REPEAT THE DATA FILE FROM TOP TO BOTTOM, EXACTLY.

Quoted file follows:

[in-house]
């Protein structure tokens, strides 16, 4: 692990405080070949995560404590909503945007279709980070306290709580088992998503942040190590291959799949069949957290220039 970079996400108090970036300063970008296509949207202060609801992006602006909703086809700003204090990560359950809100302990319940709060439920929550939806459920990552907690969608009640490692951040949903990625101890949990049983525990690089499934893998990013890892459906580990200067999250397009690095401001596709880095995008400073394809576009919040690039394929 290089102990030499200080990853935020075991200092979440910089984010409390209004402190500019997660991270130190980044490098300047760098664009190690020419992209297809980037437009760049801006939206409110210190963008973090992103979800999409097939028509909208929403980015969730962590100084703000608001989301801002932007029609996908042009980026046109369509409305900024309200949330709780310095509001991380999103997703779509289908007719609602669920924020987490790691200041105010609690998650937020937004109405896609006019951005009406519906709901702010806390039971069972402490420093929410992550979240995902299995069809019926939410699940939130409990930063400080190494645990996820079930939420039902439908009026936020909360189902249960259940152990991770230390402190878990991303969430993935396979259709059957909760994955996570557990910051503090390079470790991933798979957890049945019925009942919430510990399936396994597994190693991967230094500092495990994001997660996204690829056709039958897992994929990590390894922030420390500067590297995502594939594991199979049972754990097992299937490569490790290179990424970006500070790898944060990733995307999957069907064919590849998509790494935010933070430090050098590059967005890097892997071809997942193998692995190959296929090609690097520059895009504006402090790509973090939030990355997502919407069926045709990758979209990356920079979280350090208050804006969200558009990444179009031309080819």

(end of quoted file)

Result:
[in-house]
């Protein structure tokens, strides 16, 4: 692990405080070949995560404590909503945007279709980070306290709580088992998503942040190590291959799949069949957290220039 970079996400108090970036300063970008296509949207202060609801992006602006909703086809700003204090990560359950809100302990319940709060439920929550939806459920990552907690969608009640490692951040949903990625101890949990049983525990690089499934893998990013890892459906580990200067999250397009690095401001596709880095995008400073394809576009919040690039394929 290089102990030499200080990853935020075991200092979440910089984010409390209004402190500019997660991270130190980044490098300047760098664009190690020419992209297809980037437009760049801006939206409110210190963008973090992103979800999409097939028509909208929403980015969730962590100084703000608001989301801002932007029609996908042009980026046109369509409305900024309200949330709780310095509001991380999103997703779509289908007719609602669920924020987490790691200041105010609690998650937020937004109405896609006019951005009406519906709901702010806390039971069972402490420093929410992550979240995902299995069809019926939410699940939130409990930063400080190494645990996820079930939420039902439908009026936020909360189902249960259940152990991770230390402190878990991303969430993935396979259709059957909760994955996570557990910051503090390079470790991933798979957890049945019925009942919430510990399936396994597994190693991967230094500092495990994001997660996204690829056709039958897992994929990590390894922030420390500067590297995502594939594991199979049972754990097992299937490569490790290179990424970006500070790898944060990733995307999957069907064919590849998509790494935010933070430090050098590059967005890097892997071809997942193998692995190959296929090609690097520059895009504006402090790509973090939030990355997502919407069926045709990758979209990356920079979280350090208050804006969200558009990444179009031309080819």